CVC Capital Partners bought Halfords in July last year for £410m. Jonathan Feuer, MD of CVC, said at the time:
"The acquisition represents CVC’s continued strategy of investing in well-positioned businesses on a long-term basis despite the current volatility of world stock markets."
However, some industry analysts now believe CVC is trimming back costs at Halfords because of poor Q1 trading and less than positive projected sales, leading to speculation the company will be sold on next year.
Other analysts believe the HQ redundancies are a way to make Halfords a leaner, meaner fighting machine.
It’s unclear whether current ambitious plans for Bikehut are likely to be scaled back. A sexy new Bikehut flagship store is being unveiled in Burton on Trent in mid-April but this new format may not now be rolled out nationwide as fast as Halfords insiders were planning for just a few weeks ago.
And the pruning back of the two-wheel team at Halfords is a pruning too far for many suppliers to Halfords.
IBDs, however, may be bolstered by the news, despite the fact Halfords is a major engine for growth in the UK bike trade. The IBD chains stand to be emboldened the most because of their better capitalisation.
Not all ‘chains’ are cash rich, mind, one is at death’s door and another, the conveniently-named The Bike Chain, recently went into administration.
The Bike Chain was, of course, the store-in-store bicycle retail outlets within 15 of the 16 YHA Adventure shops nationwide.
YHA Adventure Stores was on stop with plenty of outdoor suppliers for some time. The blame for the chain’s demise was put on three factors: foot-and-mouth, September 11th, and a costly store opening in London. The flagship Wardour Street store ate cash, and the loss, two years ago, of the Southampton Street store, just off Covent Garden, thanks to decision by the landlord, left a big hole in YHA Stores accounts. A new Covent Garden store was added last November but, by then, customers had been lost and the damage done.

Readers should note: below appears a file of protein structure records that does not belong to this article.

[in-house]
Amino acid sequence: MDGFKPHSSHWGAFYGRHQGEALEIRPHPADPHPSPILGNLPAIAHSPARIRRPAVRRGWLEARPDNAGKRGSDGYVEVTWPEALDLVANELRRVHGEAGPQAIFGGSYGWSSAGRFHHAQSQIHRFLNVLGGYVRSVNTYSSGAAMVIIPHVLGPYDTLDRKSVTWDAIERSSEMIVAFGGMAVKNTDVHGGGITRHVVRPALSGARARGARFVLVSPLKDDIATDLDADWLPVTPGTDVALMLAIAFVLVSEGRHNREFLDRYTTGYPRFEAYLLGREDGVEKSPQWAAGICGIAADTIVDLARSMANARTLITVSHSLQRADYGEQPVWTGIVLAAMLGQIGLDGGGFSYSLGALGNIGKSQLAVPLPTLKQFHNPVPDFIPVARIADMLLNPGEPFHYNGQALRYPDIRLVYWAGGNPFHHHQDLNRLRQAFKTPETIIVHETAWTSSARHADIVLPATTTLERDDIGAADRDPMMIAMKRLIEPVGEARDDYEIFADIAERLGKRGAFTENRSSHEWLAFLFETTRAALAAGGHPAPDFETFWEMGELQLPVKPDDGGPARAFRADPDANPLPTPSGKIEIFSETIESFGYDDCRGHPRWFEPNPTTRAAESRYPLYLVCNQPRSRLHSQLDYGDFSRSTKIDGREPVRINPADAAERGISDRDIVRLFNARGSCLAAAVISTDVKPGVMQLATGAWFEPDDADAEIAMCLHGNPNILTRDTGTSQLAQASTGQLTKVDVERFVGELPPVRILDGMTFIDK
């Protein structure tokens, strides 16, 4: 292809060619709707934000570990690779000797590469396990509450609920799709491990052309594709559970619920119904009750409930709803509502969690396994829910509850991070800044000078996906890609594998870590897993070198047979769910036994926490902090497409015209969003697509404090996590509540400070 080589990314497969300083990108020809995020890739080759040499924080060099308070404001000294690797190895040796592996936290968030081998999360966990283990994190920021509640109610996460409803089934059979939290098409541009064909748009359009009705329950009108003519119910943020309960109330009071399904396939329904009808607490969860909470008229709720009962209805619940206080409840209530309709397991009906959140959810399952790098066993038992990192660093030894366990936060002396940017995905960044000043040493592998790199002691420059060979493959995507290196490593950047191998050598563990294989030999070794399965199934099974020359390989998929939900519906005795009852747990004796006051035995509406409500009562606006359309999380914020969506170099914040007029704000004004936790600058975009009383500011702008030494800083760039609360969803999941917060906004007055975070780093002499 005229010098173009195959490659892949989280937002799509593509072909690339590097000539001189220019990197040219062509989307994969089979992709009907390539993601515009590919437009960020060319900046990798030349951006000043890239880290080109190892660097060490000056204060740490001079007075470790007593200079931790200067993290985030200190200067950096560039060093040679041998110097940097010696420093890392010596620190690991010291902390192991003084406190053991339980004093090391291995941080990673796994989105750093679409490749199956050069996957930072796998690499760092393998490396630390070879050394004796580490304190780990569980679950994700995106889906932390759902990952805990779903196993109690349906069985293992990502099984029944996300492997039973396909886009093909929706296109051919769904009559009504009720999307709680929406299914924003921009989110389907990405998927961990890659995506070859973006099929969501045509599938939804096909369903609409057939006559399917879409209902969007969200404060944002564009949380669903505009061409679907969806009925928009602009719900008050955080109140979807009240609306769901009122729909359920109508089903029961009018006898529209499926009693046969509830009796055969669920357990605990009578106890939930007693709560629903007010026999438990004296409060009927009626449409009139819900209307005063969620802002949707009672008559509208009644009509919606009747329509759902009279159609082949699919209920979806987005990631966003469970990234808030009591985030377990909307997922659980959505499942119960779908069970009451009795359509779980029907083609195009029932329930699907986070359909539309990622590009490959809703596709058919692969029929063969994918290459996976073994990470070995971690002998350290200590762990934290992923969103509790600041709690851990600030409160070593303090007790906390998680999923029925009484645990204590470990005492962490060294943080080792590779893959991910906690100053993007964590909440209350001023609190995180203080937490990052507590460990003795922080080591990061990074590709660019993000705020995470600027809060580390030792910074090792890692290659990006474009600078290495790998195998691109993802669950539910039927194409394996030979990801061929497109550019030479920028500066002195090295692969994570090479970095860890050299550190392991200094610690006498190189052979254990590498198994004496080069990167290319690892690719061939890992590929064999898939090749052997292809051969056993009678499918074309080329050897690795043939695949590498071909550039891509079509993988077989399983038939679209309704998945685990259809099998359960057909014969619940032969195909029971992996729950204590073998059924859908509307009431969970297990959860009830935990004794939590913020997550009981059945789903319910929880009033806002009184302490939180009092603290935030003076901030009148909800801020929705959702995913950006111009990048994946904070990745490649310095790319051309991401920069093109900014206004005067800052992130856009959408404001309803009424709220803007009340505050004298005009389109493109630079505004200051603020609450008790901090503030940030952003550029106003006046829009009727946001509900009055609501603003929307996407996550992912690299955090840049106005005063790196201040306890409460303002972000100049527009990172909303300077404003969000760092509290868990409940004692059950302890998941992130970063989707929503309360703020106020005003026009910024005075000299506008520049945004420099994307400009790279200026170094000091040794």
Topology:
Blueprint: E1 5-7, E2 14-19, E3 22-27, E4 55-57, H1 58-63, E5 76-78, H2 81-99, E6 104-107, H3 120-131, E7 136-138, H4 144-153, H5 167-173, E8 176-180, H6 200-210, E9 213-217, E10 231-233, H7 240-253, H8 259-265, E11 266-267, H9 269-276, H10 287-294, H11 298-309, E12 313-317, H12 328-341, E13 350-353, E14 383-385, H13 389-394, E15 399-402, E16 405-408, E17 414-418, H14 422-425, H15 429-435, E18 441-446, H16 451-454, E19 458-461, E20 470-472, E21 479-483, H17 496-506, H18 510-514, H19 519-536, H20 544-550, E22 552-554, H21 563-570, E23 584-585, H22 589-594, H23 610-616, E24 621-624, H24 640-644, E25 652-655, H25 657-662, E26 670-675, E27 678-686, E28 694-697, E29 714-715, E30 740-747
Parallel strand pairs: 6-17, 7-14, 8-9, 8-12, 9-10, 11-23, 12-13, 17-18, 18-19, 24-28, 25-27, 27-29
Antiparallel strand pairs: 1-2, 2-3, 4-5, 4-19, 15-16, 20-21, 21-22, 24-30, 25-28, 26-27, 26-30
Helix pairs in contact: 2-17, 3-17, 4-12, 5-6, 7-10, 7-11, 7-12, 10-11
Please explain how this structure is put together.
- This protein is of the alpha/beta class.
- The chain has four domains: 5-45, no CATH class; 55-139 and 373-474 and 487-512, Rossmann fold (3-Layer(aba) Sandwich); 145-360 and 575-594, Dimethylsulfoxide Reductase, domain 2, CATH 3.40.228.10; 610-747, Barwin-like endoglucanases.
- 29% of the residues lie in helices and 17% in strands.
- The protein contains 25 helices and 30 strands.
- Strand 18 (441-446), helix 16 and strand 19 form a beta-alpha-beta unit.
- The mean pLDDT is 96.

Karrimor has subsquently bought out the YHA Stores from administration and has done deals for the bike stock but the Lancashire company – which started out as a post-WWII manufacturer of cycle pannier bags – is undecided on whether to remain as a retailer of bicycles. Karrimor already has its own chain of sole-brand stores and does not major on bicycle products.
The outdoor trade is dominated by one major retailer, Blacks. To date, Blacks has not stocked bikes.
One outdoor retail chain that does stock bikes is Decathlon. This French retailer now has five stores in the UK: Surrey Quays, Romford, Merry Hill, Nottingham and Stockport. Another is due to open in Sheffield.
To date, Decathlon – which only retails own-brand bikes, albeit ones now seen in the pro-peleton thanks to bike deals with Cofidis and AGr2 – has not been a major mover and shaker in the UK bike trade. But this could be about to change. Decathlon France is talking about ramping up investment in the UK, especially on the bike side.
Decathlon has 320 stores, 210 of them in France.
Before the opening of the London Surrey Quays store there were fears that Decathlon would be a dominant force (the chain certainly dominates the French retail scene) but the store design and product offerings were strangely out-of-context in the UK. This might be about to change, and Decathlon could take market share from a trimmed-to-bone Halfords if it ceases to invest in Bikehut revamps.
The world of corporate bike retailing might be in flux right now but of more importance to all retailers of bicycles is the relative lack of sales.
Britain is basking in unseasonal Spring sunshine, very similar to the spurt of good weather we had at the same time last year. However, last year this site was reporting bumper sales and a potential shortage of bikes, but this year’s good run of weather is not leading to any major boom in sales.
Are boom-booms elsewhere in the world therefore deflating demand? And if so, will corporate retailers be hurt more than independents?